Unfortunately, the biggest downside to Solidworks is that it uses a subscription model, and buying a license involves an annoying reseller network. That also means that the price you get depends majorly on where you’re buying the license from and the size of your business.

Solidworks also only works on Windows computers and similar to AutoCAD, it’s got a relatively steep learning curve.

Comparing The Options

So, we’ve walked a bit through the battle of AutoCAD vs other CAD software, whether free or paid, and now, this convenient table will give you a quick glimpse at how each of these software options compares to the others.

AutoCAD

  • Price: Subscription-based

  • Dimensionality: 2D & 3D

  • Learning Curve: Steep

  • File Compatibility: Industry Standard (DWG, DXF)

  • Operating System: Windows, Mac

LibreCAD

  • Price: Free

  • Dimensionality: 2D

  • Learning Curve: Easy

  • File Compatibility: DWG & DXF Import/Export

  • Operating System: Windows, Mac, Linux

FreeCAD

  • Price: Free

  • Dimensionality: 3D Parametric Modeling

  • Learning Curve: Moderate

  • File Compatibility: Limited DWG/DXF support (through plugins)

  • Operating System: Windows, Mac, Linux

Solidworks

  • Price: Subscription-based

  • Dimensionality: 3D Parametric Modeling

  • Learning Curve: Steep

  • File Compatibility: Industry Standard (DWG, DXF)

  • Operating System: Windows

BricsCAD

  • Price: Perpetual license or subscription

  • Dimensionality: 2D & 3D

  • Learning Curve: Moderate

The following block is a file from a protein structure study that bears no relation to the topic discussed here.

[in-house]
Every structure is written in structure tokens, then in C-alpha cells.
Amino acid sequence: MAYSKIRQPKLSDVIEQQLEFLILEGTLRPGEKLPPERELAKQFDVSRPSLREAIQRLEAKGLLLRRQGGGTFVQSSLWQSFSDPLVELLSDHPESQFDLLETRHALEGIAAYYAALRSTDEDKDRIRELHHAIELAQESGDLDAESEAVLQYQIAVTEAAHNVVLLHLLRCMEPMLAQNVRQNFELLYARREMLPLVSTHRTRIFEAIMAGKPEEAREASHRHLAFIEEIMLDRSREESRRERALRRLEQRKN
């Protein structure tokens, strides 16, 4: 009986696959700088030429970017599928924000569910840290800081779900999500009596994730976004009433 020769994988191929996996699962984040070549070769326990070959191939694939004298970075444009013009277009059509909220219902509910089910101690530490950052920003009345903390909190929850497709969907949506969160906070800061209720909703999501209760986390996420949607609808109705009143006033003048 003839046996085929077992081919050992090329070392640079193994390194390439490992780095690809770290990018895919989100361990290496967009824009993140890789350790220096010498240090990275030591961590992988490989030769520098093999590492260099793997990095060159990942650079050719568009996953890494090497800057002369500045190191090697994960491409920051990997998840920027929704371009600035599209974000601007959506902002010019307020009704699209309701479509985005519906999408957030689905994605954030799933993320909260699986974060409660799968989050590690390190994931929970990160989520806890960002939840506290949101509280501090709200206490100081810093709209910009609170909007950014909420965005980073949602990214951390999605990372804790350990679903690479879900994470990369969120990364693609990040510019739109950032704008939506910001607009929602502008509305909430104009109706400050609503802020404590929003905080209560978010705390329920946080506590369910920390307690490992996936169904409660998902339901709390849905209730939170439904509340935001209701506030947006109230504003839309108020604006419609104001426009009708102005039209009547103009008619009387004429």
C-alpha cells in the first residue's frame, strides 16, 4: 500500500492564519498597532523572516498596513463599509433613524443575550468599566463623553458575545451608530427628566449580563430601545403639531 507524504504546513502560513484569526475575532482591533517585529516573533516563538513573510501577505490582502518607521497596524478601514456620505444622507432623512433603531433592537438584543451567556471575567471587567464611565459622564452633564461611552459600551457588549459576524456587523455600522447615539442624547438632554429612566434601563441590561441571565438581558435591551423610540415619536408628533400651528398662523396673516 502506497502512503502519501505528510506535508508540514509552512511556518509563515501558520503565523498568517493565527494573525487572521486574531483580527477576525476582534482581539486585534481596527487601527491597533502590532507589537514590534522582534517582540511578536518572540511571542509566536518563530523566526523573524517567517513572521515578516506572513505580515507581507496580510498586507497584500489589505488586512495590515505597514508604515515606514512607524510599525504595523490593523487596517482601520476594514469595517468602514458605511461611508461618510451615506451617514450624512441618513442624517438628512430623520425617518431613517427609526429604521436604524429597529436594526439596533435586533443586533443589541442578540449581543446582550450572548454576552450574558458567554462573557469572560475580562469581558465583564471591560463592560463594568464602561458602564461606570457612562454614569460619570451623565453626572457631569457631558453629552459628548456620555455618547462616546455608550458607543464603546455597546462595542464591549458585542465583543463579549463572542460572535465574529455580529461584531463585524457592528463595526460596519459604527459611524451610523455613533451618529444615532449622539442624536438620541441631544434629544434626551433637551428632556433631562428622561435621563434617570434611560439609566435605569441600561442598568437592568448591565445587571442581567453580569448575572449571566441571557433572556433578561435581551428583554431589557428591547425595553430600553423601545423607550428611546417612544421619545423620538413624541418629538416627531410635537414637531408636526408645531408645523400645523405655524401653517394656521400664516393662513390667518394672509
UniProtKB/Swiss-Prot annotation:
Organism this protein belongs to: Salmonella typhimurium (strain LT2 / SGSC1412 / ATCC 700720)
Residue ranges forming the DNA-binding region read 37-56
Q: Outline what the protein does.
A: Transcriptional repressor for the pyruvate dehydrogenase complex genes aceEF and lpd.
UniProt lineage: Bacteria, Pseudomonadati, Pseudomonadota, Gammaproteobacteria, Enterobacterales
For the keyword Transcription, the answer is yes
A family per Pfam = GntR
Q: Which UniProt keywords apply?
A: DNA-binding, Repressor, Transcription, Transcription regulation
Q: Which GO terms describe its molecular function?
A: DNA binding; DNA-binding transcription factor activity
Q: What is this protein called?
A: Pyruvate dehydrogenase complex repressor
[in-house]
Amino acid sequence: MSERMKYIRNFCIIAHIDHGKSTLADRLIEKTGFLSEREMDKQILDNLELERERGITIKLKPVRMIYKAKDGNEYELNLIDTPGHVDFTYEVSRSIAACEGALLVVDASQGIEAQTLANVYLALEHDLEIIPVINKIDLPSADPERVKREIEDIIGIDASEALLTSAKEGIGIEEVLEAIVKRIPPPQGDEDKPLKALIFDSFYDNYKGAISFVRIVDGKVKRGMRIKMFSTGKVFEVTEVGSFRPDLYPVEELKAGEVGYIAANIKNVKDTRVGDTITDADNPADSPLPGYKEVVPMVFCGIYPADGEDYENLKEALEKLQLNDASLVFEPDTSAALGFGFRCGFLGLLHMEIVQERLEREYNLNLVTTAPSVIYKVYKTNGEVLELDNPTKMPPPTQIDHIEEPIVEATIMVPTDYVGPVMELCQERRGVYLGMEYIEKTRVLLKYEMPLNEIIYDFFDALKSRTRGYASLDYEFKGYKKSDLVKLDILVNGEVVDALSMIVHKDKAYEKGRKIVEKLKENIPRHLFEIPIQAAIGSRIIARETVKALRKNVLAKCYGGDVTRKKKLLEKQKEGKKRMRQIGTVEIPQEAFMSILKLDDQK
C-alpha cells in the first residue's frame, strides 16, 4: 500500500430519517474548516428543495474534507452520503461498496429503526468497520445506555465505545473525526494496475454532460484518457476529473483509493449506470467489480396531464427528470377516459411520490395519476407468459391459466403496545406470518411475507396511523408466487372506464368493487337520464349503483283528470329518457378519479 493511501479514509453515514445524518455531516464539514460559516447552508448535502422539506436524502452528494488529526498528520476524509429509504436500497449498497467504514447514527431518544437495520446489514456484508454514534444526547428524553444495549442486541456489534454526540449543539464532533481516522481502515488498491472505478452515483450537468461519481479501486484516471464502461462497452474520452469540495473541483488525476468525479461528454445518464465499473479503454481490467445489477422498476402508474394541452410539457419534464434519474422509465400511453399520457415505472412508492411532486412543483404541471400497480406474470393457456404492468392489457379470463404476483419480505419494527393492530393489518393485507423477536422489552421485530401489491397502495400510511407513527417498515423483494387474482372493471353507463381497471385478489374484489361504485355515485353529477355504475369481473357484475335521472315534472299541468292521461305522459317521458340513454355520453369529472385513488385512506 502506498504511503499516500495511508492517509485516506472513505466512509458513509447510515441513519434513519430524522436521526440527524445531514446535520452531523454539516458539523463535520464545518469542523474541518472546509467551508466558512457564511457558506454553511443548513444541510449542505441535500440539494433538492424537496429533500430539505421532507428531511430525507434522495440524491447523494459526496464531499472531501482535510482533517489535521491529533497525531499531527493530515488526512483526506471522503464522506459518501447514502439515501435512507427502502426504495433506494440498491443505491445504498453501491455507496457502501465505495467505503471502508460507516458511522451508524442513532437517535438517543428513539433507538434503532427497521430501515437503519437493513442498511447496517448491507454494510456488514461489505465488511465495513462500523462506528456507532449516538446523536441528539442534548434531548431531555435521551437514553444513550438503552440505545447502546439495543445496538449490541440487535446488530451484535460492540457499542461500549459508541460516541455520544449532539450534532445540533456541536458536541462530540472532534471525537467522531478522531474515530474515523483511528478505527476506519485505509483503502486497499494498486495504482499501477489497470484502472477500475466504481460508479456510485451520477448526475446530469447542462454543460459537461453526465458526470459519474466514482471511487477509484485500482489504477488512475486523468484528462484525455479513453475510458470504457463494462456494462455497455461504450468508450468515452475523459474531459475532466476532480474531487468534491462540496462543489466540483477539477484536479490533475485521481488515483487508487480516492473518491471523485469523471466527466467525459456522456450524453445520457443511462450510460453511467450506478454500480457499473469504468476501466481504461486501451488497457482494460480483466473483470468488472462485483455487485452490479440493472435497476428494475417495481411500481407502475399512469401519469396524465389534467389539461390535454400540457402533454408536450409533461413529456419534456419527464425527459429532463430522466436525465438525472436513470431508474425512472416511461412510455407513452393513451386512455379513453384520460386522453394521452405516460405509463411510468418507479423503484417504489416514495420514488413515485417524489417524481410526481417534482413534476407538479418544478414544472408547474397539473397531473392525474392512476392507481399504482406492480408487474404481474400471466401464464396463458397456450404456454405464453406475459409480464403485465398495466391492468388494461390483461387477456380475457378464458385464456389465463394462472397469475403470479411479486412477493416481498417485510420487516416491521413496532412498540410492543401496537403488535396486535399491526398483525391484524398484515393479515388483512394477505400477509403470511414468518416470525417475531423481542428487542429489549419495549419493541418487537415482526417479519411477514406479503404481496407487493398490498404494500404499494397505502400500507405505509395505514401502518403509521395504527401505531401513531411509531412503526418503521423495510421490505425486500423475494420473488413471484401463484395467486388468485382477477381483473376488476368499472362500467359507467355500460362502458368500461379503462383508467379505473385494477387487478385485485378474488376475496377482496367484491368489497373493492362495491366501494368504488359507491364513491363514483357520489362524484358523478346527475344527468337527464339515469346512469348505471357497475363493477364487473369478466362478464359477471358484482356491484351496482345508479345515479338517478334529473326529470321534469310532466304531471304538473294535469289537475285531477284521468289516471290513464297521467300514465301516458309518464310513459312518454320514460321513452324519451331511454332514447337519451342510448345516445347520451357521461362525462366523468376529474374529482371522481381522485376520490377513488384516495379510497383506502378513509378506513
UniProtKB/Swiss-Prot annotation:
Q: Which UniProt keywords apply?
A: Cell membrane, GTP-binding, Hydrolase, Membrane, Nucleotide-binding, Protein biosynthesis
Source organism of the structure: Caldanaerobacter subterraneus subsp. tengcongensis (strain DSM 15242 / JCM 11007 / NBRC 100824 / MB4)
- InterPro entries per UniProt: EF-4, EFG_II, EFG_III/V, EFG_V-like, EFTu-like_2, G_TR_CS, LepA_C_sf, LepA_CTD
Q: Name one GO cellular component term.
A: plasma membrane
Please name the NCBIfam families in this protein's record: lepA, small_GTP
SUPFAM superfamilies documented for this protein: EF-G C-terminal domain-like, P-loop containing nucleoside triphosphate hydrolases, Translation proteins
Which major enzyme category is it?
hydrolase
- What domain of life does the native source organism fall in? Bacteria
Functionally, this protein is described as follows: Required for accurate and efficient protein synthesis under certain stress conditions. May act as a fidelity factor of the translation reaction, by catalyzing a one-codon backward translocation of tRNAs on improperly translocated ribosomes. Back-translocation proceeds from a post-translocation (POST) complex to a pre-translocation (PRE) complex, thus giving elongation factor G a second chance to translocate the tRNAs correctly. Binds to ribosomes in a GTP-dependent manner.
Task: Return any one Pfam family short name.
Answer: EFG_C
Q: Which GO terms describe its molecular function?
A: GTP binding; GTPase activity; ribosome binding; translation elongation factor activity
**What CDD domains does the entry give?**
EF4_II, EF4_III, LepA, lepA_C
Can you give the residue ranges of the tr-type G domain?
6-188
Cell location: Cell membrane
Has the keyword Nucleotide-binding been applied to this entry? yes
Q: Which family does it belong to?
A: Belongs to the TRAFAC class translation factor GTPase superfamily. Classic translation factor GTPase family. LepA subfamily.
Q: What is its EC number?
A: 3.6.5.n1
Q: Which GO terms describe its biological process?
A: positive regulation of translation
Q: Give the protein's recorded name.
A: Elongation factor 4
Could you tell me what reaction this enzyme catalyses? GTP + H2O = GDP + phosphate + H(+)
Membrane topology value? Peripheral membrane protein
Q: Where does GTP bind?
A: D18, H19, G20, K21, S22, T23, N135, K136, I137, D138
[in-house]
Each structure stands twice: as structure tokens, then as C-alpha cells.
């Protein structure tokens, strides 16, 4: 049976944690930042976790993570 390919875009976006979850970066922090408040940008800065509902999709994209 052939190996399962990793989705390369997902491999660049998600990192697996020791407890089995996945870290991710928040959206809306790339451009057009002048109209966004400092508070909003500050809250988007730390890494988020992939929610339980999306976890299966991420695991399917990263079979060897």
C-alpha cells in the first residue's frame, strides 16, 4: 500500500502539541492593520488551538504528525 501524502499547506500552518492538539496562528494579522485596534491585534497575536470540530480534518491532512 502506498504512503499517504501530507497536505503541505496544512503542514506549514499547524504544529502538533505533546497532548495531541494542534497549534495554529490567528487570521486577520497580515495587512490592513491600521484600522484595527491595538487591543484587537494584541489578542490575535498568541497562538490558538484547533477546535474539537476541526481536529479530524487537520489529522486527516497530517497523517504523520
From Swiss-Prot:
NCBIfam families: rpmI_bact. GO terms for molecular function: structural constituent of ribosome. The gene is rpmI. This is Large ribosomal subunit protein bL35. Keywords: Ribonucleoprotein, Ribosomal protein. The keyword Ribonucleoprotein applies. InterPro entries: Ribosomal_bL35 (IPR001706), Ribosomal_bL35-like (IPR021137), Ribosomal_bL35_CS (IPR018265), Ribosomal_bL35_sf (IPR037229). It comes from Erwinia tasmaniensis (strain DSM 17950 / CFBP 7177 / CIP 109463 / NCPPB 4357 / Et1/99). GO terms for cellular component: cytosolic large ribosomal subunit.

• File Compatibility: Industry Standard (DWG, DXF)

  • Operating System: Windows

Conclusion

If you’re looking for alternatives to AutoCAD, there are quite a few options out there, both in the free and open-source world and in the paid world. Of course, if you’re planning to use CAD software for business, paid options tend to be capable of handling more complex projects, but free software is perfect for beginners, students, and smaller workflows.

Ultimately, what you choose is best defined by your specific needs, and hopefully, this piece will have made that easier for you to figure out. Dive into these options further, and when it’s time, don’t hesitate to run them on a Vagon cloud rig.

With Vagon’s cloud PCs powered by 48 cores, 4 x 24GB RTX enabled Nvidia GPUs, and 192GB of RAM, you can seamlessly run any design software, including the top AutoCAD alternatives. Experience unmatched performance and flexibility right in your browser. Transfer your workspace and files effortlessly and see the difference for yourself!